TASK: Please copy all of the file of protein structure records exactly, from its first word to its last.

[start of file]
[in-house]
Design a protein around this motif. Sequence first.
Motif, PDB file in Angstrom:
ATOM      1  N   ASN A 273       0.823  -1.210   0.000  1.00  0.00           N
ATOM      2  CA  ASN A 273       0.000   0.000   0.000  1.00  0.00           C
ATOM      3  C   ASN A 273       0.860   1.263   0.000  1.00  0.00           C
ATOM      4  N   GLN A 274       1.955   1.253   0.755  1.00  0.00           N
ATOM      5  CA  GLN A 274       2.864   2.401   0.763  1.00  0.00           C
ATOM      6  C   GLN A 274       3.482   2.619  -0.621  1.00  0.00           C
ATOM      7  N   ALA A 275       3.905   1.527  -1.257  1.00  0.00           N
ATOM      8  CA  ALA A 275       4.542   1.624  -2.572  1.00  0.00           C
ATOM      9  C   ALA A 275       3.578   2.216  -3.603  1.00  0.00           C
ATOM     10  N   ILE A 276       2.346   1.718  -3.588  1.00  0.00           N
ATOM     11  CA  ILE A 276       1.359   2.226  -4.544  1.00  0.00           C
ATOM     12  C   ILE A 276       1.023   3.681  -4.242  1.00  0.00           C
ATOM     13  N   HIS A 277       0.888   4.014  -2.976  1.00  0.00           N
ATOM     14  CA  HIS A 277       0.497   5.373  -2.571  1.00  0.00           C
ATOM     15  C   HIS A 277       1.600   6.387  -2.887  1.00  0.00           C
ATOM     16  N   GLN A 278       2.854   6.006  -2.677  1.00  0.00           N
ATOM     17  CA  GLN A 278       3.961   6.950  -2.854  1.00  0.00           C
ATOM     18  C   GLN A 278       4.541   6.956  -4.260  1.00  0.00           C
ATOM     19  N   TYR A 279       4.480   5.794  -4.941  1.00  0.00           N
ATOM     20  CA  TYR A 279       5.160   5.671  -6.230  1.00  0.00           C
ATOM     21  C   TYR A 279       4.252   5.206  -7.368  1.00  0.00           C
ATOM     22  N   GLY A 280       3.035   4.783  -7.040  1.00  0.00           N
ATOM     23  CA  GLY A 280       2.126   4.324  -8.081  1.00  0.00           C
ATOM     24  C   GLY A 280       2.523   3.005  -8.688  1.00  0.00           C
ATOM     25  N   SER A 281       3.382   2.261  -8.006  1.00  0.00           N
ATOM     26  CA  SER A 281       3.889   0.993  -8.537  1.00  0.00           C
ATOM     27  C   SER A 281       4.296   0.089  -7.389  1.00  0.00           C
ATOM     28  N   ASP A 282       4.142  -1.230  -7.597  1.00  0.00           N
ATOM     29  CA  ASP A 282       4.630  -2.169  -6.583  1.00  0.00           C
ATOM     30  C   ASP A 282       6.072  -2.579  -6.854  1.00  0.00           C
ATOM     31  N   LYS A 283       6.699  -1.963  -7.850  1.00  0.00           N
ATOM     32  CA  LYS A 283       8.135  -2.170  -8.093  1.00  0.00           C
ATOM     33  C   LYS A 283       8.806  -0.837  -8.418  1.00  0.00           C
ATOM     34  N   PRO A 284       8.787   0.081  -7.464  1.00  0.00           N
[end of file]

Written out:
[in-house]
Design a protein around this motif. Sequence first.
Motif, PDB file in Angstrom:
ATOM      1  N   ASN A 273       0.823  -1.210   0.000  1.00  0.00           N
ATOM      2  CA  ASN A 273       0.000   0.000   0.000  1.00  0.00           C
ATOM      3  C   ASN A 273       0.860   1.263   0.000  1.00  0.00           C
ATOM      4  N   GLN A 274       1.955   1.253   0.755  1.00  0.00           N
ATOM      5  CA  GLN A 274       2.864   2.401   0.763  1.00  0.00           C
ATOM      6  C   GLN A 274       3.482   2.619  -0.621  1.00  0.00           C
ATOM      7  N   ALA A 275       3.905   1.527  -1.257  1.00  0.00           N
ATOM      8  CA  ALA A 275       4.542   1.624  -2.572  1.00  0.00           C
ATOM      9  C   ALA A 275       3.578   2.216  -3.603  1.00  0.00           C
ATOM     10  N   ILE A 276       2.346   1.718  -3.588  1.00  0.00           N
ATOM     11  CA  ILE A 276       1.359   2.226  -4.544  1.00  0.00           C
ATOM     12  C   ILE A 276       1.023   3.681  -4.242  1.00  0.00           C
ATOM     13  N   HIS A 277       0.888   4.014  -2.976  1.00  0.00           N
ATOM     14  CA  HIS A 277       0.497   5.373  -2.571  1.00  0.00           C
ATOM     15  C   HIS A 277       1.600   6.387  -2.887  1.00  0.00           C
ATOM     16  N   GLN A 278       2.854   6.006  -2.677  1.00  0.00           N
ATOM     17  CA  GLN A 278       3.961   6.950  -2.854  1.00  0.00           C
ATOM     18  C   GLN A 278       4.541   6.956  -4.260  1.00  0.00           C
ATOM     19  N   TYR A 279       4.480   5.794  -4.941  1.00  0.00           N
ATOM     20  CA  TYR A 279       5.160   5.671  -6.230  1.00  0.00           C
ATOM     21  C   TYR A 279       4.252   5.206  -7.368  1.00  0.00           C
ATOM     22  N   GLY A 280       3.035   4.783  -7.040  1.00  0.00           N
ATOM     23  CA  GLY A 280       2.126   4.324  -8.081  1.00  0.00           C
ATOM     24  C   GLY A 280       2.523   3.005  -8.688  1.00  0.00           C
ATOM     25  N   SER A 281       3.382   2.261  -8.006  1.00  0.00           N
ATOM     26  CA  SER A 281       3.889   0.993  -8.537  1.00  0.00           C
ATOM     27  C   SER A 281       4.296   0.089  -7.389  1.00  0.00           C
ATOM     28  N   ASP A 282       4.142  -1.230  -7.597  1.00  0.00           N
ATOM     29  CA  ASP A 282       4.630  -2.169  -6.583  1.00  0.00           C
ATOM     30  C   ASP A 282       6.072  -2.579  -6.854  1.00  0.00           C
ATOM     31  N   LYS A 283       6.699  -1.963  -7.850  1.00  0.00           N
ATOM     32  CA  LYS A 283       8.135  -2.170  -8.093  1.00  0.00           C
ATOM     33  C   LYS A 283       8.806  -0.837  -8.418  1.00  0.00           C
ATOM     34  N   PRO A 284       8.787   0.081  -7.464  1.00  0.00           N